Odds and Ends From The MUSEUM!
By Trudy Wyman, Curator, Millinocket Historical Society Museum
“The Northern Lights” was the name of Millinocket’s first high school yearbook (actually more of a newsletter). The earliest surviving issue at the museum is Vol. 1, June 1912, No. 3 and was published by the students of Millinocket High School. Printed by The Journal (the local newspaper), it sold for 10 cents a copy or 25 cents a year. About 6” x 8”, it had a paper cover as did all the local school yearbooks until the 1940’s. Included in this original copy is an editorial which mentions the sinking of the Titanic which had taken place that year.
The next issue in the museum collection is 1920 and appears to be more of a yearbook with it being the only publication that year. It opens with a welcome to the incoming freshman class. “We are glad to have you with us. We are glad that you know the right kind of school spirit and the right kind of class spirit, for these are lessons to learn even before your Mathematics and Latin.”
The pages contain humor, reports of performances, sports and more. Examples include “Of course Don Wallace is red on top, but why is Francis Brown. When the seniors graduate, will Frank Marshall?” “If the building were on fire would Raymond Rush?” And then there is “Under the direction of Miss Ella Wall, the School Director of Music, the Operetta ‘Sylvia’ is being rehearsed for presentation on the evening of May 9th. As we go to press the Operetta promises to be a huge success and tickets are selling fast.”
On a bitter cold night, November 13, 1921, Millinocket HS students schooling was interrupted as fire destroyed their school building. For the remainder of that school year and until fall 1923, the high school students crowded into the National Guard Armory on Central Street. Some younger students had still been housed at MHS and they were added to the numbers at the Oxford Street and Aroostook Avenue elementary schools.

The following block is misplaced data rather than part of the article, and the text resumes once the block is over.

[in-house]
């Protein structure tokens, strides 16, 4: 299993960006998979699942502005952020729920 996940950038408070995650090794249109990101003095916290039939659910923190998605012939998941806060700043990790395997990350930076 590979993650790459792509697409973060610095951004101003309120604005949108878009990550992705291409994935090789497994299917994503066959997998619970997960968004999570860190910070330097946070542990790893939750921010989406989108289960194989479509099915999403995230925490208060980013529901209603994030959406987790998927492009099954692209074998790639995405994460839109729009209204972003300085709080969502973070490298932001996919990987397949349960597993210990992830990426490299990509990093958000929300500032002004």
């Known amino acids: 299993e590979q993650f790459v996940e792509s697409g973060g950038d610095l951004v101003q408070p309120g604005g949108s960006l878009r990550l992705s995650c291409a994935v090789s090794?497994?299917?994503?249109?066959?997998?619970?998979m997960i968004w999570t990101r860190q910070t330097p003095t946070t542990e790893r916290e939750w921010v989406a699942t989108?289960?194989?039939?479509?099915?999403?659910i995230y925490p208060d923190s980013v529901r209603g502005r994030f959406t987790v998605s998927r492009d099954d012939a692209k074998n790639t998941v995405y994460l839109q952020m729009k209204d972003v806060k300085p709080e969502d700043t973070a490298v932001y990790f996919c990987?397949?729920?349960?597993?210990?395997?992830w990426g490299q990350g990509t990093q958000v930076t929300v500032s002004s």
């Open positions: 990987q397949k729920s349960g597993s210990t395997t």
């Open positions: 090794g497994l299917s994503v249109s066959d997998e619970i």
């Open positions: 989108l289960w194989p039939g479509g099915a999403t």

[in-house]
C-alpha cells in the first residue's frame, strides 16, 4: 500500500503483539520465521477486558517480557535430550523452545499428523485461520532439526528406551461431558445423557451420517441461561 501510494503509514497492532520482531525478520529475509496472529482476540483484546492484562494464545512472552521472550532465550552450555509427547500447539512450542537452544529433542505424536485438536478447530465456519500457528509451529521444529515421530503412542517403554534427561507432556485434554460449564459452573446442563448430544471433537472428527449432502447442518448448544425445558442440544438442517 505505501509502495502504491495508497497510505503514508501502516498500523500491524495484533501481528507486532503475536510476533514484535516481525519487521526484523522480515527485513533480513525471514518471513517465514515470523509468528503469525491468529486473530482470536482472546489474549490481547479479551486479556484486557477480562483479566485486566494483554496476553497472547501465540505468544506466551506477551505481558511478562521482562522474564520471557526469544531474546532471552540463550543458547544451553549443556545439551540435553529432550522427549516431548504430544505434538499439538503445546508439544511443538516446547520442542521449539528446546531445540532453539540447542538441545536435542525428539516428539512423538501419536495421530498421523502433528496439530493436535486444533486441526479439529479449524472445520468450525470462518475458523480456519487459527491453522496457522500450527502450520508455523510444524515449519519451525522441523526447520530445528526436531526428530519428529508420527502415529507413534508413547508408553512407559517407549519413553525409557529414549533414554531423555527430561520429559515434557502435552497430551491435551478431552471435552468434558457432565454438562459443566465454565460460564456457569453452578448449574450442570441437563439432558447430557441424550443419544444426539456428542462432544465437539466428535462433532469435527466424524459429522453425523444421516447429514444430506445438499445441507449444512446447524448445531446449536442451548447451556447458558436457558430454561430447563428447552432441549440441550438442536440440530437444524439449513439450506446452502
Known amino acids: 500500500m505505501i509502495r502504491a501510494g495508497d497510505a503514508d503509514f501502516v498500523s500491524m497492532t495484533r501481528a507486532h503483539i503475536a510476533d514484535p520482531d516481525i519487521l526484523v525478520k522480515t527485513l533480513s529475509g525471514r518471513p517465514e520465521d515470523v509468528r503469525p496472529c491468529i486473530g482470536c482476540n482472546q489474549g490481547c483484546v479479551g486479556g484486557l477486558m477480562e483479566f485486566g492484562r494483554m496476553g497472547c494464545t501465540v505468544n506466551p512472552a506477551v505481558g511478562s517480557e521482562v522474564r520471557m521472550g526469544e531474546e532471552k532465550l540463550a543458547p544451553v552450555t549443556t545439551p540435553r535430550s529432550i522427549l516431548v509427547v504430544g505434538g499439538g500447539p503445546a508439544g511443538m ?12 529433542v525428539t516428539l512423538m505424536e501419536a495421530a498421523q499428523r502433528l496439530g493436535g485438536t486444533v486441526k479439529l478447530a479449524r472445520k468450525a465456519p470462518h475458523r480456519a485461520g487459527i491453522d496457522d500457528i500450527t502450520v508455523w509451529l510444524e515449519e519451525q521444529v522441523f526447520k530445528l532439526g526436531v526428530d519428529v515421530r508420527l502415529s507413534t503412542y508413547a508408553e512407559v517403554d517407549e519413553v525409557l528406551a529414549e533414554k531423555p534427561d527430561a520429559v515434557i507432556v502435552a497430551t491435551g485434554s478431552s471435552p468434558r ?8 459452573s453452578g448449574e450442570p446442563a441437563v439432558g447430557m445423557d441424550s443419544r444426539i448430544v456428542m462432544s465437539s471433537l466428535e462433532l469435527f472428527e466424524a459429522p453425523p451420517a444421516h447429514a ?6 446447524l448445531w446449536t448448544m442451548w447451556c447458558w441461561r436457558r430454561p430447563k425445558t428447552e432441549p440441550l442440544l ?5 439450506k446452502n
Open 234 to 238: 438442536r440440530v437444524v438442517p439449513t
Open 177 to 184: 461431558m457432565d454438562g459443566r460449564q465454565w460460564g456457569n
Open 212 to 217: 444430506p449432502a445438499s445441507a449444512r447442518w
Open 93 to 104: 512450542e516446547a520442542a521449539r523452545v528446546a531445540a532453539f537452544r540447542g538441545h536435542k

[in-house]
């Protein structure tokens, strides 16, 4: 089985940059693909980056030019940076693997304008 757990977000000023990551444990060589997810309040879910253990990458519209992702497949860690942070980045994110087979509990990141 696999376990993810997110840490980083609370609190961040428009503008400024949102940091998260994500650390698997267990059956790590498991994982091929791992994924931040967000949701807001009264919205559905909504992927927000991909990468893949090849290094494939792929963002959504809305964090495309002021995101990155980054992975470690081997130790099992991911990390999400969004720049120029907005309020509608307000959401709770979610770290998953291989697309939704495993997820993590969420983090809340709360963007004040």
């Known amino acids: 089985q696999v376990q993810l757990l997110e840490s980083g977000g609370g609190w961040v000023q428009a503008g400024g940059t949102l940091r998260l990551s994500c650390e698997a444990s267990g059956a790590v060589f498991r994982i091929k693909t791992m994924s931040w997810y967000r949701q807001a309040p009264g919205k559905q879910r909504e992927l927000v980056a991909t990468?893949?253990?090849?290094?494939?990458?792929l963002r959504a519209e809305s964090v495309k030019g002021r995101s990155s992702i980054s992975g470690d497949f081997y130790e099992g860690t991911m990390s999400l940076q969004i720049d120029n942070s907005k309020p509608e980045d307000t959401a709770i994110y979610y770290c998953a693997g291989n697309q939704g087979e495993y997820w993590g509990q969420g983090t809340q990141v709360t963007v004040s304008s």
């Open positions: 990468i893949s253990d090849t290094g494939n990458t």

There was no 1921 issue of “The Northern Lights.” A 1922 issue came out featuring before and after the fire photos of the school. It was published from the temporary school site with an apology that the loss of their school caused “many inconveniences and peculiar circumstances” under which they “had to labor and this paper may not be as good as it might have been.” The 1923 issue was also published from the temporary school.
Stearns HS opened in the fall of 1923 with 743 students (225 high school and the remainder grade 4-8 students due to overcrowding at the two elementary schools). The 1924 issue of “The Northern Lights” was the first to be written and published by Stearns High School students. This is the issue with a detailed description of the new SHS building and a biography of George W. Stearns.
Included in 1924 are the usual yearbook sections including favorite pastimes, favorite songs and teenager jokes… “Bradley has always wanted to be a farmer. He says he is going to ‘Maine’ next year because they teach Pharmacy down there!”
A few photos first appear in the late 1920’s. Individual senior photos first appear in 1929. The publishing of “The Northern Lights” publication still continues. Visit the museum to purchase the book on the history of the school buildings and to view or purchase a vintage yearbook.